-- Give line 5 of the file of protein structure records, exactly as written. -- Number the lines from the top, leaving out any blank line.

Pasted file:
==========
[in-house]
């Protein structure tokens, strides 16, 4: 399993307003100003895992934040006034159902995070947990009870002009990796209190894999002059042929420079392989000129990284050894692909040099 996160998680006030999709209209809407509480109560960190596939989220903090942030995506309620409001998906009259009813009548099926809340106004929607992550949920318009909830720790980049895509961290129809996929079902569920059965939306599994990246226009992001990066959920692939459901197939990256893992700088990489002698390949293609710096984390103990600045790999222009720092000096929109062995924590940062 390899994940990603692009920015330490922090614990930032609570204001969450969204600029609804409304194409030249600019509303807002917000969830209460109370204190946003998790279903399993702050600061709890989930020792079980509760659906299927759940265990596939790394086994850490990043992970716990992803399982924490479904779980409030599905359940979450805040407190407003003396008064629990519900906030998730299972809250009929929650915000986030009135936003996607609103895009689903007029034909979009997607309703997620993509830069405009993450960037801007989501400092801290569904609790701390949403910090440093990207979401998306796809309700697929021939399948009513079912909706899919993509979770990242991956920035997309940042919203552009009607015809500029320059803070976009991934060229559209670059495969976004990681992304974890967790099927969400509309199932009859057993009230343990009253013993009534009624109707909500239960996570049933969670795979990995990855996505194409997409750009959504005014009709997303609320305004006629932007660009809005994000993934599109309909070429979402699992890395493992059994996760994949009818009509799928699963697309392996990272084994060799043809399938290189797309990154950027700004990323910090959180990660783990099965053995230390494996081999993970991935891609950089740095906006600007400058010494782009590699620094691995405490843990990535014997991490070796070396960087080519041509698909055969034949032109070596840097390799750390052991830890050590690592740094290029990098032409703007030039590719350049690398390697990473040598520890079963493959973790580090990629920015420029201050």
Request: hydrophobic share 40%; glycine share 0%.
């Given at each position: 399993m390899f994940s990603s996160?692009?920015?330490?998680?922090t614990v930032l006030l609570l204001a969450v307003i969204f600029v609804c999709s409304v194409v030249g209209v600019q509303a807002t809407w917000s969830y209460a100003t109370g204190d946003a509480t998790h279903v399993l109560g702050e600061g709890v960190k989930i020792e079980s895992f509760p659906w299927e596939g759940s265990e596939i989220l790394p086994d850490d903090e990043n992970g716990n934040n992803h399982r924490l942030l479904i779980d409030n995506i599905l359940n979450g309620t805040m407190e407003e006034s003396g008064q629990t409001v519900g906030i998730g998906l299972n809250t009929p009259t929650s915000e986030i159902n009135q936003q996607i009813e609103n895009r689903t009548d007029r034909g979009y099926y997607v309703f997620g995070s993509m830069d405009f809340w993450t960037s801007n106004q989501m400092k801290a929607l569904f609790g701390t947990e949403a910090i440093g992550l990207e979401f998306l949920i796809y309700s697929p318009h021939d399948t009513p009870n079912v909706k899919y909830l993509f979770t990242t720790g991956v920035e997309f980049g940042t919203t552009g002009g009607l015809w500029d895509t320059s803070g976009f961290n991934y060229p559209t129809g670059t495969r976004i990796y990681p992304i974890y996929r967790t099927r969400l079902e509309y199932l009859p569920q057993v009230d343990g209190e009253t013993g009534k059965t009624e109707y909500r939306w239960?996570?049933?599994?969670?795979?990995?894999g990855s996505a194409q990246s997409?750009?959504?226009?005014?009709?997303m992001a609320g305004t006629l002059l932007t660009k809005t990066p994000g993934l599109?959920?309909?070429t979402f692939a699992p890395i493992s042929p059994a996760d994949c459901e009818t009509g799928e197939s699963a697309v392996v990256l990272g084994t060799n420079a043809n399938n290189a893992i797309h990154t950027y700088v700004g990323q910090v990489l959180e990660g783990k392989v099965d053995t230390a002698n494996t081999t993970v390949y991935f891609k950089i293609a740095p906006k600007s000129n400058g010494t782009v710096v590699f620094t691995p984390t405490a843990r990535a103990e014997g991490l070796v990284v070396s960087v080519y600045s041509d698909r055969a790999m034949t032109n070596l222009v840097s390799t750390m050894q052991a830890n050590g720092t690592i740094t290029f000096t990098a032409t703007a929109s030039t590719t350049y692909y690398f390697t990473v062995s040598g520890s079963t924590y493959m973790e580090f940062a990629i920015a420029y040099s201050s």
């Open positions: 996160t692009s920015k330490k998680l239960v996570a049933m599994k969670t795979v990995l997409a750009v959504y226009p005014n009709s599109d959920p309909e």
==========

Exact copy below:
């Open positions: 996160t692009s920015k330490k998680l239960v996570a049933m599994k969670t795979v990995l997409a750009v959504y226009p005014n009709s599109d959920p309909e």